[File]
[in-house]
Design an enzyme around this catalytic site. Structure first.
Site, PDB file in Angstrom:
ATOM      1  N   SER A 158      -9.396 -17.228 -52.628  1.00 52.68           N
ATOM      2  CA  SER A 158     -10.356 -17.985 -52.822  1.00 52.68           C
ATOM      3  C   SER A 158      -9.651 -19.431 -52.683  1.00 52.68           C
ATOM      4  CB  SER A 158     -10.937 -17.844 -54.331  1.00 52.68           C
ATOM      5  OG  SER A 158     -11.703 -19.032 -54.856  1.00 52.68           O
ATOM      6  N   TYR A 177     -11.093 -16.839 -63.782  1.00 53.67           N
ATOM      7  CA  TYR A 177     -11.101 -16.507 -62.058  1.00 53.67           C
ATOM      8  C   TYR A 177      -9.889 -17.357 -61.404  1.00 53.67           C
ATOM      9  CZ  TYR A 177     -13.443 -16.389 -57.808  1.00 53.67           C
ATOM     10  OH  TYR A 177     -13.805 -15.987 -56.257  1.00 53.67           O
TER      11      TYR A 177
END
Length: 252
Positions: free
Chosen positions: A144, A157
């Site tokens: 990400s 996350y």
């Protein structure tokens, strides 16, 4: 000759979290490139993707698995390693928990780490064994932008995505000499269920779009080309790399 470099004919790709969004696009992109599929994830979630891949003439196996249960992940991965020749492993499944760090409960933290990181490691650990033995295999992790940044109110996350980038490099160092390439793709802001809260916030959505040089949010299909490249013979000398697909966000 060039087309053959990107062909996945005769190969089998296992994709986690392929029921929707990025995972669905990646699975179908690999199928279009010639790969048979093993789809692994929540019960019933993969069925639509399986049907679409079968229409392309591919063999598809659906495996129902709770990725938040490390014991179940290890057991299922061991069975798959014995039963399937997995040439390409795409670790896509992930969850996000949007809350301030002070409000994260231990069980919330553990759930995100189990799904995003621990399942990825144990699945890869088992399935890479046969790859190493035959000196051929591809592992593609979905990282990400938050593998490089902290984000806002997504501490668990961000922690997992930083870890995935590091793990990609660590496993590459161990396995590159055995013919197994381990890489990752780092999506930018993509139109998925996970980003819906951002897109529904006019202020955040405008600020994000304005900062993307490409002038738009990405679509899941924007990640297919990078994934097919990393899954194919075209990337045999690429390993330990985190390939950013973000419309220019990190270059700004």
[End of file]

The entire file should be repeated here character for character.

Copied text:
[in-house]
Design an enzyme around this catalytic site. Structure first.
Site, PDB file in Angstrom:
ATOM      1  N   SER A 158      -9.396 -17.228 -52.628  1.00 52.68           N
ATOM      2  CA  SER A 158     -10.356 -17.985 -52.822  1.00 52.68           C
ATOM      3  C   SER A 158      -9.651 -19.431 -52.683  1.00 52.68           C
ATOM      4  CB  SER A 158     -10.937 -17.844 -54.331  1.00 52.68           C
ATOM      5  OG  SER A 158     -11.703 -19.032 -54.856  1.00 52.68           O
ATOM      6  N   TYR A 177     -11.093 -16.839 -63.782  1.00 53.67           N
ATOM      7  CA  TYR A 177     -11.101 -16.507 -62.058  1.00 53.67           C
ATOM      8  C   TYR A 177      -9.889 -17.357 -61.404  1.00 53.67           C
ATOM      9  CZ  TYR A 177     -13.443 -16.389 -57.808  1.00 53.67           C
ATOM     10  OH  TYR A 177     -13.805 -15.987 -56.257  1.00 53.67           O
TER      11      TYR A 177
END
Length: 252
Positions: free
Chosen positions: A144, A157
């Site tokens: 990400s 996350y």
């Protein structure tokens, strides 16, 4: 000759979290490139993707698995390693928990780490064994932008995505000499269920779009080309790399 470099004919790709969004696009992109599929994830979630891949003439196996249960992940991965020749492993499944760090409960933290990181490691650990033995295999992790940044109110996350980038490099160092390439793709802001809260916030959505040089949010299909490249013979000398697909966000 060039087309053959990107062909996945005769190969089998296992994709986690392929029921929707990025995972669905990646699975179908690999199928279009010639790969048979093993789809692994929540019960019933993969069925639509399986049907679409079968229409392309591919063999598809659906495996129902709770990725938040490390014991179940290890057991299922061991069975798959014995039963399937997995040439390409795409670790896509992930969850996000949007809350301030002070409000994260231990069980919330553990759930995100189990799904995003621990399942990825144990699945890869088992399935890479046969790859190493035959000196051929591809592992593609979905990282990400938050593998490089902290984000806002997504501490668990961000922690997992930083870890995935590091793990990609660590496993590459161990396995590159055995013919197994381990890489990752780092999506930018993509139109998925996970980003819906951002897109529904006019202020955040405008600020994000304005900062993307490409002038738009990405679509899941924007990640297919990078994934097919990393899954194919075209990337045999690429390993330990985190390939950013973000419309220019990190270059700004």